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Rafael Caro Quintero becomes the DEA's most wanted fugitive

2020-11-24T09:22:16.646Z

The drug trafficker, released from prison in 2013, is responsible for the kidnapping and murder of an agent of the anti-narcotics agency in 1985



Search warrant for drug trafficker Rafael Caro Quintero, Federal Bureau of Investigation (FBI)

The leader of the defunct Guadalajara cartel, Rafael Caro Quintero, has become the most wanted fugitive by the DEA, the US Drug Enforcement Administration.

The agency is offering a $ 20 million reward for information that may lead to his capture.

In his file, the DEA adds the warning that Caro Quintero, who is now 68 years old, is armed and dangerous.

The drug trafficker is accused of the kidnapping, torture and murder of federal agent Enrique

Kiki

Camarena in 1985, as well as murder, criminal association and distribution of marijuana and cocaine.

Mexican Capos as Ismael

El Mayo

Zambada (of the Sinaloa cartel) or the leader of the Jalisco Nueva Generación Cartel (CJNG), Nemesio Oseguera-Cervantes, alias El Mencho, are also on the priority list.

The current director of the DEA, Ray Donovan, stated in an interview with EL PAÍS that the DEA's fixation with Caro Quintero was already “something personal”.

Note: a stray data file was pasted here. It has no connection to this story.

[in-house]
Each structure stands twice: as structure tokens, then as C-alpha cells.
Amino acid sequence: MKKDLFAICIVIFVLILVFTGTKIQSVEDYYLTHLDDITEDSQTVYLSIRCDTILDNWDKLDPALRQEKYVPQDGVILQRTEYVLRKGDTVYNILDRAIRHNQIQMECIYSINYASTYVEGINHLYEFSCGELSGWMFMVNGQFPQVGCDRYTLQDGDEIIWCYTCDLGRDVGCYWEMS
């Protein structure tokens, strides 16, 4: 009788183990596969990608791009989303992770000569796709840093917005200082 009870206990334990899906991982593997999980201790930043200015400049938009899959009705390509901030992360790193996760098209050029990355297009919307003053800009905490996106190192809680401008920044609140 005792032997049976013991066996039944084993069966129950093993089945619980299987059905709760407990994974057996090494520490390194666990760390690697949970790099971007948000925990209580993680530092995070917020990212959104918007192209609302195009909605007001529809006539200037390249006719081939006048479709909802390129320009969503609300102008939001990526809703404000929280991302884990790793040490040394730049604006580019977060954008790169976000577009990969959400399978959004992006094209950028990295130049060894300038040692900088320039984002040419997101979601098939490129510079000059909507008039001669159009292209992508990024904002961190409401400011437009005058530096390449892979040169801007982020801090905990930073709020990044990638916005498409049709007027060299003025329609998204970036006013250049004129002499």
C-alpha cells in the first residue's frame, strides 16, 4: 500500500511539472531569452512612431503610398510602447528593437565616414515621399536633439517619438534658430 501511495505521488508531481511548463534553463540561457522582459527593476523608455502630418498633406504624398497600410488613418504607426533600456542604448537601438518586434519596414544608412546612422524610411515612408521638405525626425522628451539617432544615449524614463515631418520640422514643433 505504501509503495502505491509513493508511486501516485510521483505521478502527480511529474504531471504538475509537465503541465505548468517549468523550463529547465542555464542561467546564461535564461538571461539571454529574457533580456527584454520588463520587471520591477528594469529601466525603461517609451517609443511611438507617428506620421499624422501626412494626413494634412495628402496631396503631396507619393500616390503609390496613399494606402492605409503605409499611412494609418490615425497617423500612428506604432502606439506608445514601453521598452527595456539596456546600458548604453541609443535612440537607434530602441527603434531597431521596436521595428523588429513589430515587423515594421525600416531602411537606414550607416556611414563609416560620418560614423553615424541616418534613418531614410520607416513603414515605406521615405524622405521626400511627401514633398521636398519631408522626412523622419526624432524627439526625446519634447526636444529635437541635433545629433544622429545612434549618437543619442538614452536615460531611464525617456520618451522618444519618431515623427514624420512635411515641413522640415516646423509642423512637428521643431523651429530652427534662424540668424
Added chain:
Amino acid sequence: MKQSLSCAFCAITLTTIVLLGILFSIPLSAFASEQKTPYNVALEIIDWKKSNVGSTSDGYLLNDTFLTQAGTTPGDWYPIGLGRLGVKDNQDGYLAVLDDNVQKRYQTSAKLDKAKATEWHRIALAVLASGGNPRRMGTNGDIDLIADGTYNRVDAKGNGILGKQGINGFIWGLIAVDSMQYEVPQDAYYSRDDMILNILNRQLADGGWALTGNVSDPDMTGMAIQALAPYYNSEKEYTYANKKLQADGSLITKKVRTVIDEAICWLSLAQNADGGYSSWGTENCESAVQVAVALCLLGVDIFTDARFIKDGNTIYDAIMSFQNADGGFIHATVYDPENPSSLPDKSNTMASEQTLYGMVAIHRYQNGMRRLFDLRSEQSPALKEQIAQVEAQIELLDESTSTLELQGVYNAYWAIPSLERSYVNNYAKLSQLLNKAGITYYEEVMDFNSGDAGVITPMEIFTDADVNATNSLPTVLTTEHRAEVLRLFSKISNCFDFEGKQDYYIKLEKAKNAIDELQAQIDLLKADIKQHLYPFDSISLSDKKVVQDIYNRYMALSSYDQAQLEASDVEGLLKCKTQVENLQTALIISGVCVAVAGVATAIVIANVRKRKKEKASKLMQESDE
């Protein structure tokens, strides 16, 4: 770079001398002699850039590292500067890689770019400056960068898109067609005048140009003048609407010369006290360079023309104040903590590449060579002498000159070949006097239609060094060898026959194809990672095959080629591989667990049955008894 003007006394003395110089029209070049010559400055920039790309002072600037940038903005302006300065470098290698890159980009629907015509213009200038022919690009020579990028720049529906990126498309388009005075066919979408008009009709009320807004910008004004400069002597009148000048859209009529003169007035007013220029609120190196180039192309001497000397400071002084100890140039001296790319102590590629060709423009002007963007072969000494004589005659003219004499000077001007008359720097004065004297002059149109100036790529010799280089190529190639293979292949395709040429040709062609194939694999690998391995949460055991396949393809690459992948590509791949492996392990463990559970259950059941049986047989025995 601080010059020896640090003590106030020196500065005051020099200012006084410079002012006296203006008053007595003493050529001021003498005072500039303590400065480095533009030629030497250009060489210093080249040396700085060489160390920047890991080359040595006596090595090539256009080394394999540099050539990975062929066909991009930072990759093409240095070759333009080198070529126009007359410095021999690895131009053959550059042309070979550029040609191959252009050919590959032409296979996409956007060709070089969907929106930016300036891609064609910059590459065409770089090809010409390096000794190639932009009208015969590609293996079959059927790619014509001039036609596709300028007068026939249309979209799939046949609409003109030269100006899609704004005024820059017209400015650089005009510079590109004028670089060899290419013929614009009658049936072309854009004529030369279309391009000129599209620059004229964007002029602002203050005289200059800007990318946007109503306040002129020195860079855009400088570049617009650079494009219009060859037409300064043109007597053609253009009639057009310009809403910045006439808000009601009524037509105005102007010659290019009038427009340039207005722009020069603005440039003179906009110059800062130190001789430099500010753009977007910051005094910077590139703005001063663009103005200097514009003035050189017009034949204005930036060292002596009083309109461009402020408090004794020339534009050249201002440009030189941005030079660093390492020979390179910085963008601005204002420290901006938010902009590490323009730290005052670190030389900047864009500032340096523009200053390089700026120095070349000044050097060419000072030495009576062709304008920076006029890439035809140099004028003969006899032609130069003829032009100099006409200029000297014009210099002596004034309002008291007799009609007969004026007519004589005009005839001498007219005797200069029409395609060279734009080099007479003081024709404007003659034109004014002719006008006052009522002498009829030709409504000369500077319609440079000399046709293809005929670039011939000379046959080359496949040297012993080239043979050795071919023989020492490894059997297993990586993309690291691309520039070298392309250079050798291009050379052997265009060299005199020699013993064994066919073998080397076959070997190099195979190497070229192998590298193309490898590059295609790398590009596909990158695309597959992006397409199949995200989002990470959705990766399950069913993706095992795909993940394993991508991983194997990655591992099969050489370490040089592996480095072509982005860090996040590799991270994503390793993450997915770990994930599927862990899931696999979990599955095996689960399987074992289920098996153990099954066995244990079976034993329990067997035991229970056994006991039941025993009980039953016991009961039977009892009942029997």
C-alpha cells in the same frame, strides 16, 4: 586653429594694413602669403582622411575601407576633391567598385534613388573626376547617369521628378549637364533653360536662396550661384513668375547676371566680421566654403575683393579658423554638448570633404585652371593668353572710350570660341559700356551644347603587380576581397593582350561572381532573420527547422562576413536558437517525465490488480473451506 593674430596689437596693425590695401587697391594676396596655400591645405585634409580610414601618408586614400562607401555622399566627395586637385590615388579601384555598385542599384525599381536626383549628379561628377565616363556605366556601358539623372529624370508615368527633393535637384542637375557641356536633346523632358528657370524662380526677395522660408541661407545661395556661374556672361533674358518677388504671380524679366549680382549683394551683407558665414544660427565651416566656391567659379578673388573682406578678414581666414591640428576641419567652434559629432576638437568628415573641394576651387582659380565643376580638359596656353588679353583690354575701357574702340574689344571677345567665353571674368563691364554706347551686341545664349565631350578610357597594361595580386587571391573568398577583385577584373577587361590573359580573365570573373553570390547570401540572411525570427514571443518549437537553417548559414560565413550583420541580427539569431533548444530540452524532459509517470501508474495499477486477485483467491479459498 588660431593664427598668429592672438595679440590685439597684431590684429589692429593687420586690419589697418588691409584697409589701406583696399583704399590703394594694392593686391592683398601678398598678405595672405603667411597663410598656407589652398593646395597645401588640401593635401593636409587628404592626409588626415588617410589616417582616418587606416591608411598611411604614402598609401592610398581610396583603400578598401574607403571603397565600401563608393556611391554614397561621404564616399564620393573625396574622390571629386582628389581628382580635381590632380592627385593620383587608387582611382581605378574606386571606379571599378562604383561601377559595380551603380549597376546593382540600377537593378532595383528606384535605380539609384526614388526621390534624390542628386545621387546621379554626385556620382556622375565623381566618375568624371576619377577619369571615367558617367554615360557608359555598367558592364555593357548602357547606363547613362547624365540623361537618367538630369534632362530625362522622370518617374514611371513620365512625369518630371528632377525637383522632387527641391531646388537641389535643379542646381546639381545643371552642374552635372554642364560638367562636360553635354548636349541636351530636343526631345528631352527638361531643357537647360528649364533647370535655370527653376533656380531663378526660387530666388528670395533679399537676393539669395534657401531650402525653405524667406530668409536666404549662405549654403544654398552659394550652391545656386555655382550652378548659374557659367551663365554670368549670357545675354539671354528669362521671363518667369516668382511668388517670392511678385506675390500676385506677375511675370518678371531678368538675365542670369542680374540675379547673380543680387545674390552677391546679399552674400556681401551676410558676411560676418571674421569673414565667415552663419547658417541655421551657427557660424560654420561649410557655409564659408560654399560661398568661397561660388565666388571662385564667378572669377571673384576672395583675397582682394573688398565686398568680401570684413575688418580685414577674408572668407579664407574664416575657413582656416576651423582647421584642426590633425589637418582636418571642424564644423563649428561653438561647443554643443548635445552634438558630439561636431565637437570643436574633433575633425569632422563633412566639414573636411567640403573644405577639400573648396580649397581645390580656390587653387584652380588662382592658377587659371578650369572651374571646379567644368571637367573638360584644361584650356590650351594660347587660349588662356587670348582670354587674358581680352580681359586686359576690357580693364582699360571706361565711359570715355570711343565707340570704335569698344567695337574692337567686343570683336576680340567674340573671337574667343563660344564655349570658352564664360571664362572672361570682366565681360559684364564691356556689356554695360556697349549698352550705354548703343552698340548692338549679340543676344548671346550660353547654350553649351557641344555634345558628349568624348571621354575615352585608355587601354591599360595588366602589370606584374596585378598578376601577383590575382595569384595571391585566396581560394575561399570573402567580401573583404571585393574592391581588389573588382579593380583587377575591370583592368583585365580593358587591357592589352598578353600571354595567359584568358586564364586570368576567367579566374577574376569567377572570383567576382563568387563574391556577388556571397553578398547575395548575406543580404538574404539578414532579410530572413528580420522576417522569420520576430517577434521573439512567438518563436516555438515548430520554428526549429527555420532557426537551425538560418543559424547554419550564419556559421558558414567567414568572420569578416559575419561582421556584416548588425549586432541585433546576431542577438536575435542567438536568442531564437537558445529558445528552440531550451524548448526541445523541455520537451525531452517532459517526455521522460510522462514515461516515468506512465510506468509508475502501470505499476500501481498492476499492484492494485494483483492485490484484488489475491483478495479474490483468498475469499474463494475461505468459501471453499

"The number one priority is Rafael Caro Quintero, he killed one of our agents," he said.

The agency offers a $ 20 million reward, a figure that it already released in 2018 and is the highest in the history of the DEA, for the drug trafficker, who has been missing since 2013 after being released from prison in a controversial ruling of the courts.

The capo was serving a 40-year prison sentence for Camarena's murder.

Kiki Camarena was an undercover DEA agent operating in Mexico in the 1980s.

Justice considered it proven that in 1985 he was kidnapped by the Guadalajara cartel and sadistically tortured, while a doctor kept him alive to prolong his suffering.

When his corpse and that of the pilot Alfredo Zavala —with whom he inspected the drug fields of the drug traffickers— were found, the examination revealed that they had been castrated and buried alive.

In August 2013, when Caro Quintero had served 12 of 40 years in prison, a federal court considered that a defect in form led him to be charged by federal jurisdiction instead of the common jurisdiction.

And he was released.

The controversial sentence was invalidated, but the drug trafficker had already become invisible.

The head of the DEA is clear that he is back in business.

The military intelligence services and the Mexican prosecutor's office maintain that he regrouped his forces and decided to dispute the territory of his old friend Joaquín Guzmán Loera, el Chapo.

For this, Caro Quintero would have focused his activity on the Golden Triangle, one of the largest opium production areas in America, and would have allied himself with the Beltrán Leyva, staunch enemies of the Sinaloa cartel.

From the underground, the Narco de Narcos denied in 2016 that it had returned to trafficking.

In an exculpatory account, in which he appeared as a victim before the weekly

Proceso

, the fugitive apologized to the DEA and Washington and assured that all he was looking for was to remain in peace.

“I am no longer a danger to society.